Here are some ideas and sites related to gardens, planting and seasonal changes.
The first resource I always look to are parents, families, and your community. Check locally for a community garden, a garden club, or gardening business that would appreciate an opportunity to become involved in schools.
State universities and state extension services are also valuable resources. See the USDA Cooperative State Research, Education and Extension Service site as a starting point on the web.
I'd like to suggest a program called ‘Journey North’ as inspiration for pulling together art, science, and social studies in an integrated learning experience while networking schools together through the internet. The program is “a global study of wildlife migration and seasonal change” that can be adapted for grade levels, resources, and local habitat. One of the tools of “Journey North” is to plant tulips in the fall and record the bloom dates at locations across the nation to gain an understanding of the role of lengthening daylight hours for plants.
kidsgardening.org, a part of the National Gardening Association, as a parents and teachers sections for guidance in working with preschoolers.
AllSpecies.org - lots of community and enviromental education information including composting, and a project called EcoKids.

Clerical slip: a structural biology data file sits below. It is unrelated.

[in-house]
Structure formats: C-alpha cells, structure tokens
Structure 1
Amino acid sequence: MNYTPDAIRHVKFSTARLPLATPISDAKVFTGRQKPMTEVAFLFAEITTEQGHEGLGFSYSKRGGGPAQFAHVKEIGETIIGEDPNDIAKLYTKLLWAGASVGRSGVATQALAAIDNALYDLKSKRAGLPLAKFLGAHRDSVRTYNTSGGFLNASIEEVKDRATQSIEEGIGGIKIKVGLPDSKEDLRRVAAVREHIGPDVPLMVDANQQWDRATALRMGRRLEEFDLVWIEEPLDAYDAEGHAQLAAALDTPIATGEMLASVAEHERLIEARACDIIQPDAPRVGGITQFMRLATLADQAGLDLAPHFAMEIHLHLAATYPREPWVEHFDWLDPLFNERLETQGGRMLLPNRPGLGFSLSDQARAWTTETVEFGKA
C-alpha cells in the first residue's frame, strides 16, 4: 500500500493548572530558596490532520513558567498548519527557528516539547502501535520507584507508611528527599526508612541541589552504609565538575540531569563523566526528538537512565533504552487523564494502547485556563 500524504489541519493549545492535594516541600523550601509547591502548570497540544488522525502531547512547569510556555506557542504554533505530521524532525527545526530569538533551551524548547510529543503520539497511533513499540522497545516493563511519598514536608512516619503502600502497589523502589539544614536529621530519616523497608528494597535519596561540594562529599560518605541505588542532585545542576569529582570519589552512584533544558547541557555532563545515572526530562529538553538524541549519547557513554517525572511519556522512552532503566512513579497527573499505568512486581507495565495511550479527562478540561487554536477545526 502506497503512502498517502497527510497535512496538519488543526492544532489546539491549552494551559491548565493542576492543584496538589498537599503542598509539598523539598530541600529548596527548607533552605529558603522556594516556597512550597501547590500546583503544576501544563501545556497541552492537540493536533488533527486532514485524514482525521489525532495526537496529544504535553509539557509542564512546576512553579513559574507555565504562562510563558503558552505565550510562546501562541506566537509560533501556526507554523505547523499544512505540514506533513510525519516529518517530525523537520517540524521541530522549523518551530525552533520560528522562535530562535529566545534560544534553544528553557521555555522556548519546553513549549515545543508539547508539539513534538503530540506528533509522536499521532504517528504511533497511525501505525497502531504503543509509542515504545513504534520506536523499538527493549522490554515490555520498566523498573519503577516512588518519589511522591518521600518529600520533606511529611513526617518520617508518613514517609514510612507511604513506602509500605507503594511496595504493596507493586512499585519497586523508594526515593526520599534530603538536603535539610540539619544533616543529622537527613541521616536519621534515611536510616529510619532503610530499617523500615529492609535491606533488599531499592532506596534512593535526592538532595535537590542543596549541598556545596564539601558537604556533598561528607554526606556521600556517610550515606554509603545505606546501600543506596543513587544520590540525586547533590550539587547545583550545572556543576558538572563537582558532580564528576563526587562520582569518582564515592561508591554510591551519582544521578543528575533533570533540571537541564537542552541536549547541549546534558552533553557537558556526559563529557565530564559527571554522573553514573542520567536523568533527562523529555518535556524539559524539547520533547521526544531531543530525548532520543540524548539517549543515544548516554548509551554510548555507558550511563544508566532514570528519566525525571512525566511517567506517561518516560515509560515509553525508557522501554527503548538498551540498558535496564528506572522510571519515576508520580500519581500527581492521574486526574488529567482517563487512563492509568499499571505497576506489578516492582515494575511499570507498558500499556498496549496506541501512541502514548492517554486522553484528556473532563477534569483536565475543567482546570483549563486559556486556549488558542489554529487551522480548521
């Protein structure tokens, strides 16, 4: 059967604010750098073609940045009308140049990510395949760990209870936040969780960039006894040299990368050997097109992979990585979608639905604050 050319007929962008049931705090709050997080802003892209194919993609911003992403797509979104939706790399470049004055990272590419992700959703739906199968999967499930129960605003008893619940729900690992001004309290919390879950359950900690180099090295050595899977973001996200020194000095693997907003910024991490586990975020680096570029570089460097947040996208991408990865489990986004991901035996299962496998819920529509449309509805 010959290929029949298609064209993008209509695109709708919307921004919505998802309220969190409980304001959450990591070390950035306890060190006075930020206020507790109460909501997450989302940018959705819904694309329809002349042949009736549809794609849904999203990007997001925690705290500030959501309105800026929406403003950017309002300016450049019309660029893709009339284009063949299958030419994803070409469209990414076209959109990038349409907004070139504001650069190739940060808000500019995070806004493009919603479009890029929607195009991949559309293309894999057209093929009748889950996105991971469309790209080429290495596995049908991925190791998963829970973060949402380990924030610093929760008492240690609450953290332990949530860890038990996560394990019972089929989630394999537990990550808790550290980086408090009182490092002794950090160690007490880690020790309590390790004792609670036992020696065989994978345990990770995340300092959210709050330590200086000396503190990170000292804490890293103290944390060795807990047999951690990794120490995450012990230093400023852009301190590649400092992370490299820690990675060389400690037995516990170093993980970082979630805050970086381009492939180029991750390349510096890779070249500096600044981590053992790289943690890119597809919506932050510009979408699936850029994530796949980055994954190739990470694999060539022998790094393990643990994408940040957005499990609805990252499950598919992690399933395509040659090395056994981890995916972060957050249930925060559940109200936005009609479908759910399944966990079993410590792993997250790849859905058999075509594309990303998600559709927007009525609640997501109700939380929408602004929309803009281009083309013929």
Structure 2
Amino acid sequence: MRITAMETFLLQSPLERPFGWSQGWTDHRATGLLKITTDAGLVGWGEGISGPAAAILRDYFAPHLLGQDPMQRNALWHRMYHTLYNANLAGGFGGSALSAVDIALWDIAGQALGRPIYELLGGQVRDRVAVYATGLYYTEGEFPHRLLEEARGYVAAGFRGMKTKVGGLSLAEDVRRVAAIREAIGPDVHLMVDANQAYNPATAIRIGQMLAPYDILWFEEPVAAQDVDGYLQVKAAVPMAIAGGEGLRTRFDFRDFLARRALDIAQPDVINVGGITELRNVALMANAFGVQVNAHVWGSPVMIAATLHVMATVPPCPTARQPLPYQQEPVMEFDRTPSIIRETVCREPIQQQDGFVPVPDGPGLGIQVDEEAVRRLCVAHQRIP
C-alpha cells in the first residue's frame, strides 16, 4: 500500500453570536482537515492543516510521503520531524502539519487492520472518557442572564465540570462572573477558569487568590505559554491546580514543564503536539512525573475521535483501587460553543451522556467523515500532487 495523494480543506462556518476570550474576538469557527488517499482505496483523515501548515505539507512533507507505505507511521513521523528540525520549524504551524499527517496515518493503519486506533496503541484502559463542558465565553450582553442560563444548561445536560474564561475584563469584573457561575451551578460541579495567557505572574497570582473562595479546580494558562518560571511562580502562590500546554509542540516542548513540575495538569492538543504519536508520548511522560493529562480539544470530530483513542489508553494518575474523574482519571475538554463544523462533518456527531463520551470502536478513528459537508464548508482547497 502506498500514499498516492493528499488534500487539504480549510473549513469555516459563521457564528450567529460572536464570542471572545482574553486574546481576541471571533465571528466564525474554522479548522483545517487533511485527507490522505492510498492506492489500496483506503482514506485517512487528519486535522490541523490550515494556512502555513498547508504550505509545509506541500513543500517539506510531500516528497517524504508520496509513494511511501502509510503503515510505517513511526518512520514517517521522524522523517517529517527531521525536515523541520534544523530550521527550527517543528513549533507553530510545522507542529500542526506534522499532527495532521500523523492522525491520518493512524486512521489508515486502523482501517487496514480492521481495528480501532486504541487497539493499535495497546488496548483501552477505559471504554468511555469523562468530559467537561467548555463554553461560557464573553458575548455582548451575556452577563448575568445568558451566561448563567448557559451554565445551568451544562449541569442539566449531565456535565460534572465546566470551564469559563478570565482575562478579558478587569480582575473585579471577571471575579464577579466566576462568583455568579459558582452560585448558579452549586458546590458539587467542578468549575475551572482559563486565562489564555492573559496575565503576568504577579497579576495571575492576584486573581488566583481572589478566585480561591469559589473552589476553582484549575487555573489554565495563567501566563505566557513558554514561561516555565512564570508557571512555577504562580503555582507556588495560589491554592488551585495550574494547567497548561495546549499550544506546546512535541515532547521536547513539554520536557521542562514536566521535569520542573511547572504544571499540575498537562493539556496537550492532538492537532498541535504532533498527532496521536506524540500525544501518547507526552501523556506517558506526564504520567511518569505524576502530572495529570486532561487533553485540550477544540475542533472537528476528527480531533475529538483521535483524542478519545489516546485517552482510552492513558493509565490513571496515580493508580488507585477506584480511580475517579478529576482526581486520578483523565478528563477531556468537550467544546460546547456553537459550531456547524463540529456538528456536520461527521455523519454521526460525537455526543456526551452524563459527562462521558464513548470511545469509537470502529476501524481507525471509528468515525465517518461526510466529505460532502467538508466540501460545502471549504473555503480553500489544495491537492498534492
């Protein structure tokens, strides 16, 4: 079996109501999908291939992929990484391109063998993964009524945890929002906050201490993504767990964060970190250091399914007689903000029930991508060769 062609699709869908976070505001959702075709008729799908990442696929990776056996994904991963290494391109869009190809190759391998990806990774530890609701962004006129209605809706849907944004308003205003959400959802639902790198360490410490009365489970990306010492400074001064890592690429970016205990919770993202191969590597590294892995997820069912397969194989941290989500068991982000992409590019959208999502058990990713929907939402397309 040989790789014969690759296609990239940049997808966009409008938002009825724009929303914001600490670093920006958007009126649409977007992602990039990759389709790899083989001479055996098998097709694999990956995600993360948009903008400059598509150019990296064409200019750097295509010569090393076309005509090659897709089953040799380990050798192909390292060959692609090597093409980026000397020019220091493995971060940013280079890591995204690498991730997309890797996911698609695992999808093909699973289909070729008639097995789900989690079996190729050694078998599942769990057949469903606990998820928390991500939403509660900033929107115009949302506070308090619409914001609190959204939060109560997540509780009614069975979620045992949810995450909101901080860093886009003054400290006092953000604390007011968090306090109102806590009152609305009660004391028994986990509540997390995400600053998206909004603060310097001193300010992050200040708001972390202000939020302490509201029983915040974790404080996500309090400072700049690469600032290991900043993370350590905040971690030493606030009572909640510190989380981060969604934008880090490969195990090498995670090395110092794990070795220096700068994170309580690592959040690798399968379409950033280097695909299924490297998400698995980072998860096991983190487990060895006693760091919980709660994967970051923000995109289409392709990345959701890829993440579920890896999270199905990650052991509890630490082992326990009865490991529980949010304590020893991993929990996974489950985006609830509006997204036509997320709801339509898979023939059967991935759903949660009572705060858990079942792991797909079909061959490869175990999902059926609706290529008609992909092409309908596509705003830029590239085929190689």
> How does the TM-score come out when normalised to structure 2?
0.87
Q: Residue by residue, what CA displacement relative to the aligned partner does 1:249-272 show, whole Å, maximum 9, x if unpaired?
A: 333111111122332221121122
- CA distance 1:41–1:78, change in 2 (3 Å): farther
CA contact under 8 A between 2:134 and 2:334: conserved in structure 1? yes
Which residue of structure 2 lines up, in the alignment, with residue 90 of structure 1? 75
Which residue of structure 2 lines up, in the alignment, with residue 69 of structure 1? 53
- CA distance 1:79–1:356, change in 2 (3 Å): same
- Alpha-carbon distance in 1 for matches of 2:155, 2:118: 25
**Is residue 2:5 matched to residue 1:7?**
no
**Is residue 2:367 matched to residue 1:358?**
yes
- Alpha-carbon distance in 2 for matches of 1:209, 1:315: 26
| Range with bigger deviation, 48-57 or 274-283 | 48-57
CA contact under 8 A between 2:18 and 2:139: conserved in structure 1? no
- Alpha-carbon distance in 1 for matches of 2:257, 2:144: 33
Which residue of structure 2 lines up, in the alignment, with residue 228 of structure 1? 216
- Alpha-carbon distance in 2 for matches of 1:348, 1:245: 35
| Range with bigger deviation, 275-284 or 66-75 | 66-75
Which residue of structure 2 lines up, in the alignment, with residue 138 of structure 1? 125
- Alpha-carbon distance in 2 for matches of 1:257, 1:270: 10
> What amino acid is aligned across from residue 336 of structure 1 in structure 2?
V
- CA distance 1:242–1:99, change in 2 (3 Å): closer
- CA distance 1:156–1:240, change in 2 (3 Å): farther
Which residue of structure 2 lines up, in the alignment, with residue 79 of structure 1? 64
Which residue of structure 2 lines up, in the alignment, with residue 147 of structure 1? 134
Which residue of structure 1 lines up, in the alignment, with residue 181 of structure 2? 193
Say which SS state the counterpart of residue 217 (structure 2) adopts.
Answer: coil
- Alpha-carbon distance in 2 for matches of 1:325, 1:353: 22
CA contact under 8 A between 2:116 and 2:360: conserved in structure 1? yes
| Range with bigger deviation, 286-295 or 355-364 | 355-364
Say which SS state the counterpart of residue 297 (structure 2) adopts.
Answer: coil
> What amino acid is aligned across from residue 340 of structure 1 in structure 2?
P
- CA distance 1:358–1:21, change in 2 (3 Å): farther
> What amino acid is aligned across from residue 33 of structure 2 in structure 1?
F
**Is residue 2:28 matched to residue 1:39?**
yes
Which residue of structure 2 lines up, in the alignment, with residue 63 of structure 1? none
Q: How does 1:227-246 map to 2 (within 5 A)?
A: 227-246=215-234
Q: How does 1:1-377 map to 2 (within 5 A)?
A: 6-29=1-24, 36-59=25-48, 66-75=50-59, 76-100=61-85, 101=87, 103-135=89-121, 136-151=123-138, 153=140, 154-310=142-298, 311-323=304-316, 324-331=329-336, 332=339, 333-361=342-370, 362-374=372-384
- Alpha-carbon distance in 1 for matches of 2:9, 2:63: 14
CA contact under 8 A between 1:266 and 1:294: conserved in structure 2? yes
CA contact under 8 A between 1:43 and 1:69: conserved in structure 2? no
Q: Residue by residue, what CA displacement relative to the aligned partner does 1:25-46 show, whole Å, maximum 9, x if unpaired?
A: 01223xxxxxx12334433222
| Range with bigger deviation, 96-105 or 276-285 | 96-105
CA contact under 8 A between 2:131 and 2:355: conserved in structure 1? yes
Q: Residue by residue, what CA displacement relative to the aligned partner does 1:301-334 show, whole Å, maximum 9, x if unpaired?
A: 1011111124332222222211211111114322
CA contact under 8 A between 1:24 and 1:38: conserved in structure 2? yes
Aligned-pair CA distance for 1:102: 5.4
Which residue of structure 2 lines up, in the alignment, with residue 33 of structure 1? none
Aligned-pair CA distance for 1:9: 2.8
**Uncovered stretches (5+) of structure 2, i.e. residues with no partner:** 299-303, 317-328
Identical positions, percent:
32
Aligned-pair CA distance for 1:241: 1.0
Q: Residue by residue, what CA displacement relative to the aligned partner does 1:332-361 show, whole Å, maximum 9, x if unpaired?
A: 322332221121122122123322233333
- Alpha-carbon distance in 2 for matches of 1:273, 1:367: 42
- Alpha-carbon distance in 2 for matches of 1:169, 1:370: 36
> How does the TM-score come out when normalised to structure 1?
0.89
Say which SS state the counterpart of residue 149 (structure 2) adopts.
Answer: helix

The Heart Forest - how this is a bit bigger than most gardens - it's a 22 acre site near the Kansas City International Airport. Consider a smaller scale “land art” - a school mascot or initials in herbs for instance. Check out land artist Stan Herd of Lawrence, Kansas, who helped us out with planning the Heart Forest.
While looking at the land art that is best seen from the air, think about other art that was only recognized when humanity took to the air - the Nazca Lines are geoglyphs in the Nazca Desert of Peru. And wouldn't you know it! - southeastern Peru is likely the “birthplace” of the potato!
Following this line of thought could be an introduction into Greek mythology and the story of Demeter and Persephone.
FYI - did you know that the Aztecs built “floating gardens” by piling soil on woven mats that were anchored to the bed of shallow Lake Texcoco, the site of today's Mexico City?